Cardinal Mortati gazed up at the lavish ceiling of the Sistine Chapel and tried to find a moment of quiet reflection. The frescoed walls echoed with the voices of cardinals from nations around the globe. The men jostled in the candlelit tabernacle, whispering excitedly and consulting with one another in numerous languages, the universal tongues being English, Italian, and Spanish.
The light in the chapel was usually sublime—long rays of tinted sun slicing through the darkness like rays from heaven—but not today. As was the custom, all of the chapel’s windows had been covered in black velvet in the name of secrecy. This ensured that no one on the inside could send signals or communicate in any way with the outside world. The result was a profound darkness lit only by candles . . . a shimmering radiance that seemed to purify everyone it touched, making them all ghostly . . . like saints.
What privilege, Mortati thought, that I am to oversee this sanctified event. Cardinals over eighty years of age were too old to be eligible for election and did not attend conclave, but at seventy‑nine years old, Mortati was the most senior cardinal here and had been appointed to oversee the proceedings.
Following tradition, the cardinals gathered here two hours before conclave to catch up with friends and engage in last‑minute discussion. At 7 P.M . . . the late Pope’s chamberlain would arrive, give opening prayer, and then leave. Then the Swiss Guard would seal the doors and lock all the cardinals inside. It was then that the oldest and most secretive political ritual in the world would begin. The cardinals would not be released until they decided who among them would be the next Pope.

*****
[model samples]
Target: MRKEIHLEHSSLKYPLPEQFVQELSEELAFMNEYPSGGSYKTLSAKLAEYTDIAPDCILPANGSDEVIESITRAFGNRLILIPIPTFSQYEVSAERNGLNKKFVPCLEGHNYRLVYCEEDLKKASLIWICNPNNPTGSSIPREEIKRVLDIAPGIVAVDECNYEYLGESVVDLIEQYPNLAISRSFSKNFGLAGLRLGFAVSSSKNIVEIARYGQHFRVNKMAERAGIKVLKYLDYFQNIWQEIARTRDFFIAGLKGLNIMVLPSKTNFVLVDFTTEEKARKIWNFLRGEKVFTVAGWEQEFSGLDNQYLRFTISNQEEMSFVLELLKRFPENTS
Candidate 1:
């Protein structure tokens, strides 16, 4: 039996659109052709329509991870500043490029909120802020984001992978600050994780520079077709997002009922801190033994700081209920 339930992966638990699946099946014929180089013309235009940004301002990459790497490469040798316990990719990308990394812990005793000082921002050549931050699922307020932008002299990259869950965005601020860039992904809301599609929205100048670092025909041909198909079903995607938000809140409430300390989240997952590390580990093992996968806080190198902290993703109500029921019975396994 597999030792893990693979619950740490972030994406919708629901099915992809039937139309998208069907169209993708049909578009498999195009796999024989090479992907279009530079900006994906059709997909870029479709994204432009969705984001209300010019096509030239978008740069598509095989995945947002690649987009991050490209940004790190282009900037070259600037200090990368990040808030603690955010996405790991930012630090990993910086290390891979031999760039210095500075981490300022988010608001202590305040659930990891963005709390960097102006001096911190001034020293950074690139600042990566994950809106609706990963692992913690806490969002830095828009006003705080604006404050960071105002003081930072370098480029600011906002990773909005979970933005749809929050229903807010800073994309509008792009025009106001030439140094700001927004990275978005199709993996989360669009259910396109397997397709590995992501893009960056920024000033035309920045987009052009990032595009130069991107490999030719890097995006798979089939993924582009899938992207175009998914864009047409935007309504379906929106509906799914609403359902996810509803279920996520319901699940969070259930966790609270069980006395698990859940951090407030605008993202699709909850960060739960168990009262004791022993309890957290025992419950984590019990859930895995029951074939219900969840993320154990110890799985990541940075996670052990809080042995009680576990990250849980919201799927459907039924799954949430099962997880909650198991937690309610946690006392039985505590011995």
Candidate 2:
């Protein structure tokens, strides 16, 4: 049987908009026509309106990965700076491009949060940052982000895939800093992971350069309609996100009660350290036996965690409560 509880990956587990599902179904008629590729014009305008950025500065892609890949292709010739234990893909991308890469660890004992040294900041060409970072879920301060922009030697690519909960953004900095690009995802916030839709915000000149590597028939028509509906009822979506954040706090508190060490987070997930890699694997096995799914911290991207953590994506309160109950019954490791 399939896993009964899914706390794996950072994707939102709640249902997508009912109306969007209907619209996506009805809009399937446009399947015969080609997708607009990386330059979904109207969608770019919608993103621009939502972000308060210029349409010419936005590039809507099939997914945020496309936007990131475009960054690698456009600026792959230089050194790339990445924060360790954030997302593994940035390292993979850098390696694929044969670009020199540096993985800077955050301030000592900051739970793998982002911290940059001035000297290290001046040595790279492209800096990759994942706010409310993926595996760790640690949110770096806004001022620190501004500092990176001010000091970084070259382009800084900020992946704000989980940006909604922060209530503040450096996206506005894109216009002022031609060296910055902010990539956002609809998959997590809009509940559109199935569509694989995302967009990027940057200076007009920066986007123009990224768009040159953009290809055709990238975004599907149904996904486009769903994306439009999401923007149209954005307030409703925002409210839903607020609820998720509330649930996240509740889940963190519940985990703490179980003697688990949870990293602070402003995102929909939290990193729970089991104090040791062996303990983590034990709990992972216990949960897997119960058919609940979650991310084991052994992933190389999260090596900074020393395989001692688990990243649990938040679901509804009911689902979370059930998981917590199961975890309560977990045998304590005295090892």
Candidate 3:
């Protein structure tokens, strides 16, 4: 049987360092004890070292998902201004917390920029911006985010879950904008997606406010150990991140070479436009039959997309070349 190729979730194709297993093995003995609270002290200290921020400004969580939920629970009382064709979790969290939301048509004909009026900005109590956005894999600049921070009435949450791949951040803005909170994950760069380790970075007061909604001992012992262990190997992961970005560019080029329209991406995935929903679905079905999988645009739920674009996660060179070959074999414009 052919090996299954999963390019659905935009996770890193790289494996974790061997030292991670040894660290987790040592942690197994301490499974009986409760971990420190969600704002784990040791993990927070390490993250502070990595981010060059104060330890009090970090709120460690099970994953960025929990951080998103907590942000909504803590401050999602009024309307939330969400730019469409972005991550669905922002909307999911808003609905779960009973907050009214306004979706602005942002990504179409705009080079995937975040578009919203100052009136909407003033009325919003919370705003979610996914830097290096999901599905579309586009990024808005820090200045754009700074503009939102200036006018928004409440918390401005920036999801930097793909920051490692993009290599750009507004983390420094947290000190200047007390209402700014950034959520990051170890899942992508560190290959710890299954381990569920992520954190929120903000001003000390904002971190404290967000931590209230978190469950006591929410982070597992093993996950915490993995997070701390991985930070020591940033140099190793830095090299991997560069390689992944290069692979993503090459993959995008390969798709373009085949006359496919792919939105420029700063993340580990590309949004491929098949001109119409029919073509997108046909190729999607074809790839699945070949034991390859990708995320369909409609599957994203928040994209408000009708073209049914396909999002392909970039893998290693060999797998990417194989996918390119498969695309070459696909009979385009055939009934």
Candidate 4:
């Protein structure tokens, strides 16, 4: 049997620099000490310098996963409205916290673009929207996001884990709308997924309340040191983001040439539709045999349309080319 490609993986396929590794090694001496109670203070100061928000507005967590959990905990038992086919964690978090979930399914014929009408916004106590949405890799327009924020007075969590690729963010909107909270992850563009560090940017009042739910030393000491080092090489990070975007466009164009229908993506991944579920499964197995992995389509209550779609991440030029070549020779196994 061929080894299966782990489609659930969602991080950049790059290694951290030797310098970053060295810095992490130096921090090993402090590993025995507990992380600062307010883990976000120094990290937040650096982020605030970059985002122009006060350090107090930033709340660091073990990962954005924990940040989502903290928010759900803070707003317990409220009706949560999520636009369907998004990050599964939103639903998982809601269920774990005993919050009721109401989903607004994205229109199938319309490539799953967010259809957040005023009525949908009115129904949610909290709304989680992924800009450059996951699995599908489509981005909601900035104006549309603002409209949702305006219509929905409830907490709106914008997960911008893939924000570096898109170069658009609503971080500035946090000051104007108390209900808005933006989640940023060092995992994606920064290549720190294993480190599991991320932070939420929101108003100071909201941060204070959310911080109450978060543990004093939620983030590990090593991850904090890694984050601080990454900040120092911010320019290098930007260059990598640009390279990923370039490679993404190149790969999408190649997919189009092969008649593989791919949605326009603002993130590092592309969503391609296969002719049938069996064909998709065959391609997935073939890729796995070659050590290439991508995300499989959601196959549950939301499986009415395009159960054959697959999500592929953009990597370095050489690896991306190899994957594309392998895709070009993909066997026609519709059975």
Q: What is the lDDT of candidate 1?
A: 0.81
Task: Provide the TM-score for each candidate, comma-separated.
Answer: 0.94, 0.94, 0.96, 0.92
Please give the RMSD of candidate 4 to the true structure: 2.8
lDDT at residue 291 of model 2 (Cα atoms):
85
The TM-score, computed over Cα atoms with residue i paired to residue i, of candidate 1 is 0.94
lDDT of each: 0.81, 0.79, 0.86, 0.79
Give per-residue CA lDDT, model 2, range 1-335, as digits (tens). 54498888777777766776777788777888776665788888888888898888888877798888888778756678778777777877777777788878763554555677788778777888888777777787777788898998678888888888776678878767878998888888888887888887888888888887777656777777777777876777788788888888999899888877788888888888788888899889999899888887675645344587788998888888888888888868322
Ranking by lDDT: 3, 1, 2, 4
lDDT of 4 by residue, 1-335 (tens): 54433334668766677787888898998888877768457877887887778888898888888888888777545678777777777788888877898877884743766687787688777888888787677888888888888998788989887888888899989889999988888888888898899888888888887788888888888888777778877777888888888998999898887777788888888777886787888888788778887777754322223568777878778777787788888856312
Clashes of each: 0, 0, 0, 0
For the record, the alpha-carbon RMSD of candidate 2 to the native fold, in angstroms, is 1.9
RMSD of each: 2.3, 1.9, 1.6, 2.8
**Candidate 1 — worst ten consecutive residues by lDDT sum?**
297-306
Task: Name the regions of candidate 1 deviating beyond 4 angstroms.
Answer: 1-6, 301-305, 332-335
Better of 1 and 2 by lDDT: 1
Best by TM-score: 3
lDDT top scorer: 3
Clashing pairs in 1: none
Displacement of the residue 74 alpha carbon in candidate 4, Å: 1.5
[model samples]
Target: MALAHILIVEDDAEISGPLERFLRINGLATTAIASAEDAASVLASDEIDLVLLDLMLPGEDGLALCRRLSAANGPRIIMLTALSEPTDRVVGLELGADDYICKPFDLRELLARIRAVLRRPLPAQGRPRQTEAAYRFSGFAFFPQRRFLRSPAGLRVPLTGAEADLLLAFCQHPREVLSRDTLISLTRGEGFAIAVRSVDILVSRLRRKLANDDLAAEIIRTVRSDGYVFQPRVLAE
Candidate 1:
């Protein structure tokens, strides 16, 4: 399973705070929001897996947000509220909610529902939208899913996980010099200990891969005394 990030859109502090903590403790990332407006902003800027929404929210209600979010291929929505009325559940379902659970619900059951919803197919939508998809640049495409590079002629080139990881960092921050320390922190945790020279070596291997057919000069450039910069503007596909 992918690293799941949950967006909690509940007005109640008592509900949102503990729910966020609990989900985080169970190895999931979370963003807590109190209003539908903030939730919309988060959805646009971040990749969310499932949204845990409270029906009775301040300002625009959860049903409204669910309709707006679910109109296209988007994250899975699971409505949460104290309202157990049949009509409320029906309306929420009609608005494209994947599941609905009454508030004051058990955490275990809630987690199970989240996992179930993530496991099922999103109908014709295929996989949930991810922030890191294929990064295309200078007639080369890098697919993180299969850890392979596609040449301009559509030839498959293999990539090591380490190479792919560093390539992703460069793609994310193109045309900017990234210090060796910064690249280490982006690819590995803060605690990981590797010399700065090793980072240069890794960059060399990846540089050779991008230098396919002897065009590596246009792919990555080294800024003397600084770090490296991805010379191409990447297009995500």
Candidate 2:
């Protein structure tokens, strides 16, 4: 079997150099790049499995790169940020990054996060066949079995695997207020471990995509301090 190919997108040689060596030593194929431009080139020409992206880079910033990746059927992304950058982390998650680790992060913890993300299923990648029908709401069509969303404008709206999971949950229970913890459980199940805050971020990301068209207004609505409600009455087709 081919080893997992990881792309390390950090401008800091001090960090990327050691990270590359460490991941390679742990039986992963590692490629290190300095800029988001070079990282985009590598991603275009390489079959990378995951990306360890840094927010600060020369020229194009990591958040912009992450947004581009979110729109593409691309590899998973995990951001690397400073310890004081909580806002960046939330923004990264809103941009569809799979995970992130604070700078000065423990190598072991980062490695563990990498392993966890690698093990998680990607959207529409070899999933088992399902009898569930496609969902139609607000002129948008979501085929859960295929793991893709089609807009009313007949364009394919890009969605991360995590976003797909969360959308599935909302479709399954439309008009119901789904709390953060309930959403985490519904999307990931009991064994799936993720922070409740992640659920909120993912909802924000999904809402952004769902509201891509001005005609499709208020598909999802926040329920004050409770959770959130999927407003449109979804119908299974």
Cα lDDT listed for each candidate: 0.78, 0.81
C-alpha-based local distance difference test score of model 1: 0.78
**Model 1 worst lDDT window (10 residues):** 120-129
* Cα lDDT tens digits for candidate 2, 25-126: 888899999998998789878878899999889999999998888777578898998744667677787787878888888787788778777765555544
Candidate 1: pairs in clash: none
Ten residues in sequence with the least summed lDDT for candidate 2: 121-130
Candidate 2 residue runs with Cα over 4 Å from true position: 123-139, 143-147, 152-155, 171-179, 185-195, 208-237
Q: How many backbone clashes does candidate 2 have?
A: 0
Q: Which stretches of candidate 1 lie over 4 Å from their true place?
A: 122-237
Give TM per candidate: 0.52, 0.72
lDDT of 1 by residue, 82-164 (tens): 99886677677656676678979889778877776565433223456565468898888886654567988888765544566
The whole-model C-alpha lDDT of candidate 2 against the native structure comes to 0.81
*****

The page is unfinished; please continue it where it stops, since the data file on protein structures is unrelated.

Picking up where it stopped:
Conclave. Even the name was secretive. “Con clave “literally meant “locked with a key.” The cardinals were permitted no contact whatsoever with the outside world. No phone calls. No messages. No whispers through doorways. Conclave was a vacuum, not to be influenced by anything in the outside world. This would ensure that the cardinals kept Solum Dum prae oculis . . . only God before their eyes.
Outside the walls of the chapel, of course, the media watched and waited, speculating as to which of the cardinals would become the ruler of one billion Catholics worldwide. Conclaves created an intense, politically charged atmosphere, and over the centuries they had turned deadly: poisonings, fist fights, and even murder had erupted within the sacred walls. Ancient history, Mortati thought. Tonight’s conclave will be unified, blissful, and above all . . . brief.
Or at least that had been his speculation.
Now, however, an unexpected development had emerged. Mystifyingly, four cardinals were absent from the chapel. Mortati knew that all the exits to Vatican City were guarded, and the missing cardinals could not have gone far, but still, with less than an hour before opening prayer, he was feeling disconcerted. After all, the four missing men were no ordinary cardinals. They were the cardinals.
The chosen four.
As overseer of the conclave, Mortati had already sent word through the proper channels to the Swiss Guard alerting them to the cardinals’ absence. He had yet to hear back. Other cardinals had now noticed the puzzling absence. The anxious whispers had begun. Of all cardinals, these four should be on time! Cardinal Mortati was starting to fear it might be a long evening after all.
He had no idea.